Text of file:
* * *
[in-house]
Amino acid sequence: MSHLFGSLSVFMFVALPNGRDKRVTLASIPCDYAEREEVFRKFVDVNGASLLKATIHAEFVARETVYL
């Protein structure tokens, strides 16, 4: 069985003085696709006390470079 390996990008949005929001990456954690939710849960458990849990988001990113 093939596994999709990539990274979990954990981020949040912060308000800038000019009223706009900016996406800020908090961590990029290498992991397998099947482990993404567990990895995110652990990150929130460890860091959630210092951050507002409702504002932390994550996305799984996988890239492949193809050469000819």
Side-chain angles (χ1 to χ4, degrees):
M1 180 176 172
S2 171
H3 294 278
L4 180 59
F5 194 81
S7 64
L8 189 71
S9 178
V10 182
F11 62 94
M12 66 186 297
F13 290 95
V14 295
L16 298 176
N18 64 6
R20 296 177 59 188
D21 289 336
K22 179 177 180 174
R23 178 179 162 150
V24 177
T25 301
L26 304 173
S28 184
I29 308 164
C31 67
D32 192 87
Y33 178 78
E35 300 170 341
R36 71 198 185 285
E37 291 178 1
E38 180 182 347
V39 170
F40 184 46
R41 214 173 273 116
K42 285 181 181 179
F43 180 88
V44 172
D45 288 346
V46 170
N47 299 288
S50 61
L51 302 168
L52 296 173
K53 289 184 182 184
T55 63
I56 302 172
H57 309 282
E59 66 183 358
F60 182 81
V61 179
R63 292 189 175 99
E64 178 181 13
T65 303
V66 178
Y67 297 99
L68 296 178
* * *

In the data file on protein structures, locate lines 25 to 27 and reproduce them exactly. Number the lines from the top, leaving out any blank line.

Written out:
T25 301
L26 304 173
S28 184